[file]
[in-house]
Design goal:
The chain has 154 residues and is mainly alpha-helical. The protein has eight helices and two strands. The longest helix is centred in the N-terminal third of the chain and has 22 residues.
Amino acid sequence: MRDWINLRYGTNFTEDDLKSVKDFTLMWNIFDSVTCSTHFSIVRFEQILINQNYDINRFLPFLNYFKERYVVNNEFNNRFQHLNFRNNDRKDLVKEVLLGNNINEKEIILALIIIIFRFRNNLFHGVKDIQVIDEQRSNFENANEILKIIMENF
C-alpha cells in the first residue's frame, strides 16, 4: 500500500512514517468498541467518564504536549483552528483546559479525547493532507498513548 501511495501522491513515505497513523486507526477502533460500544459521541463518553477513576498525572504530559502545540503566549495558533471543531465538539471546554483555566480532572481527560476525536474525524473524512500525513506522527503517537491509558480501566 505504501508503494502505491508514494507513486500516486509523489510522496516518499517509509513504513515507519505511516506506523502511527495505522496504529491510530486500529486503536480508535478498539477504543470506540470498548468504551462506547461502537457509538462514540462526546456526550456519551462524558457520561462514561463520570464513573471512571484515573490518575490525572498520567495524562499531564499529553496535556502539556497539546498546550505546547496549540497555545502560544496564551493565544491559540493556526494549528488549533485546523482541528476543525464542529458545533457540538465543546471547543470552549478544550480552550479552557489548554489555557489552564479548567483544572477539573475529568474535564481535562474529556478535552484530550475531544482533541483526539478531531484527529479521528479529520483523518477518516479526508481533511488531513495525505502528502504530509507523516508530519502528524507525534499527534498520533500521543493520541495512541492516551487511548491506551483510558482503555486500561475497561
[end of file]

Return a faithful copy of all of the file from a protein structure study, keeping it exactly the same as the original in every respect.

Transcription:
[in-house]
Design goal:
The chain has 154 residues and is mainly alpha-helical. The protein has eight helices and two strands. The longest helix is centred in the N-terminal third of the chain and has 22 residues.
Amino acid sequence: MRDWINLRYGTNFTEDDLKSVKDFTLMWNIFDSVTCSTHFSIVRFEQILINQNYDINRFLPFLNYFKERYVVNNEFNNRFQHLNFRNNDRKDLVKEVLLGNNINEKEIILALIIIIFRFRNNLFHGVKDIQVIDEQRSNFENANEILKIIMENF
C-alpha cells in the first residue's frame, strides 16, 4: 500500500512514517468498541467518564504536549483552528483546559479525547493532507498513548 501511495501522491513515505497513523486507526477502533460500544459521541463518553477513576498525572504530559502545540503566549495558533471543531465538539471546554483555566480532572481527560476525536474525524473524512500525513506522527503517537491509558480501566 505504501508503494502505491508514494507513486500516486509523489510522496516518499517509509513504513515507519505511516506506523502511527495505522496504529491510530486500529486503536480508535478498539477504543470506540470498548468504551462506547461502537457509538462514540462526546456526550456519551462524558457520561462514561463520570464513573471512571484515573490518575490525572498520567495524562499531564499529553496535556502539556497539546498546550505546547496549540497555545502560544496564551493565544491559540493556526494549528488549533485546523482541528476543525464542529458545533457540538465543546471547543470552549478544550480552550479552557489548554489555557489552564479548567483544572477539573475529568474535564481535562474529556478535552484530550475531544482533541483526539478531531484527529479521528479529520483523518477518516479526508481533511488531513495525505502528502504530509507523516508530519502528524507525534499527534498520533500521543493520541495512541492516551487511548491506551483510558482503555486500561475497561